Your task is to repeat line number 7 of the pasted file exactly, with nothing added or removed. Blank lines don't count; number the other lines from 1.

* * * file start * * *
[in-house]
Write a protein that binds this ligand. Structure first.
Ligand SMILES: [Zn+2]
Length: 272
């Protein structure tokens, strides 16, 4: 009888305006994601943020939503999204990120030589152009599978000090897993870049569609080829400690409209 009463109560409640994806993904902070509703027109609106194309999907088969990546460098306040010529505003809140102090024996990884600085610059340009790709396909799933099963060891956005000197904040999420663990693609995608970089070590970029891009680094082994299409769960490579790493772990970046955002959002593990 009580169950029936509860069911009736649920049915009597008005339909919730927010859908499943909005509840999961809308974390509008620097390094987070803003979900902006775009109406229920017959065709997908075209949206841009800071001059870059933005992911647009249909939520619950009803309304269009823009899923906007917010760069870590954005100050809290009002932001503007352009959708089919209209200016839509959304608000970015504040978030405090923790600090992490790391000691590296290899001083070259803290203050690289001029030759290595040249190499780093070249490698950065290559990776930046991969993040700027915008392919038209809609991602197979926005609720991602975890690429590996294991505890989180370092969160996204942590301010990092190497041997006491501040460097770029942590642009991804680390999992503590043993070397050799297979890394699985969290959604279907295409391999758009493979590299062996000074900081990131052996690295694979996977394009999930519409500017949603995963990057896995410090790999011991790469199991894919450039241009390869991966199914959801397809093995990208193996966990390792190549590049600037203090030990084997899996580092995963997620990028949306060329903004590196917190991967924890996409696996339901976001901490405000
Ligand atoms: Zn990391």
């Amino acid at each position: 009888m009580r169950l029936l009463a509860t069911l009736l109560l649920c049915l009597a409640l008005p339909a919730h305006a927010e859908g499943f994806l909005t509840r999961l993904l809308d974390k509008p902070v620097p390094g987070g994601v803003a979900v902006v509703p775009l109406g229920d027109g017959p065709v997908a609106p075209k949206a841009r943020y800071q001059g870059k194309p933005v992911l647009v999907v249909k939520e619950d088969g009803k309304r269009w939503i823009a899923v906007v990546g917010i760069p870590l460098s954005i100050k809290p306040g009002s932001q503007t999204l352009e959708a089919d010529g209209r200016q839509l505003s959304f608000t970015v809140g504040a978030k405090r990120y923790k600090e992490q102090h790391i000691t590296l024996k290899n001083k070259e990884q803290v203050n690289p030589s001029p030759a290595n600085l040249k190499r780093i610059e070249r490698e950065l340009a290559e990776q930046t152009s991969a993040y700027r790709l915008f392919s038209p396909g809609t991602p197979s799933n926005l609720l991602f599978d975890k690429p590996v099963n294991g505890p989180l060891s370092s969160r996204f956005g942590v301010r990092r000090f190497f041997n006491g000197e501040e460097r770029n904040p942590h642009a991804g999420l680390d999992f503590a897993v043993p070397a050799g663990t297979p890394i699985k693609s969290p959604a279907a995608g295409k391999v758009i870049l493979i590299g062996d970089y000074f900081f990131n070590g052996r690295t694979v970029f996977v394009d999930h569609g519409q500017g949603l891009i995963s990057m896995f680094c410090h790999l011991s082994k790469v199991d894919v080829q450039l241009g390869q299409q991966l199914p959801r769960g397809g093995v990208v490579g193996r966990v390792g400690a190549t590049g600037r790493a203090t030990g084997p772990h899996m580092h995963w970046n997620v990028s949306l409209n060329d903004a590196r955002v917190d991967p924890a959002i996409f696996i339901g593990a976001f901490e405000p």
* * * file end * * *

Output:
């Amino acid at each position: 009888m009580r169950l029936l009463a509860t069911l009736l109560l649920c049915l009597a409640l008005p339909a919730h305006a927010e859908g499943f994806l909005t509840r999961l993904l809308d974390k509008p902070v620097p390094g987070g994601v803003a979900v902006v509703p775009l109406g229920d027109g017959p065709v997908a609106p075209k949206a841009r943020y800071q001059g870059k194309p933005v992911l647009v999907v249909k939520e619950d088969g009803k309304r269009w939503i823009a899923v906007v990546g917010i760069p870590l460098s954005i100050k809290p306040g009002s932001q503007t999204l352009e959708a089919d010529g209209r200016q839509l505003s959304f608000t970015v809140g504040a978030k405090r990120y923790k600090e992490q102090h790391i000691t590296l024996k290899n001083k070259e990884q803290v203050n690289p030589s001029p030759a290595n600085l040249k190499r780093i610059e070249r490698e950065l340009a290559e990776q930046t152009s991969a993040y700027r790709l915008f392919s038209p396909g809609t991602p197979s799933n926005l609720l991602f599978d975890k690429p590996v099963n294991g505890p989180l060891s370092s969160r996204f956005g942590v301010r990092r000090f190497f041997n006491g000197e501040e460097r770029n904040p942590h642009a991804g999420l680390d999992f503590a897993v043993p070397a050799g663990t297979p890394i699985k693609s969290p959604a279907a995608g295409k391999v758009i870049l493979i590299g062996d970089y000074f900081f990131n070590g052996r690295t694979v970029f996977v394009d999930h569609g519409q500017g949603l891009i995963s990057m896995f680094c410090h790999l011991s082994k790469v199991d894919v080829q450039l241009g390869q299409q991966l199914p959801r769960g397809g093995v990208v490579g193996r966990v390792g400690a190549t590049g600037r790493a203090t030990g084997p772990h899996m580092h995963w970046n997620v990028s949306l409209n060329d903004a590196r955002v917190d991967p924890a959002i996409f696996i339901g593990a976001f901490e405000p």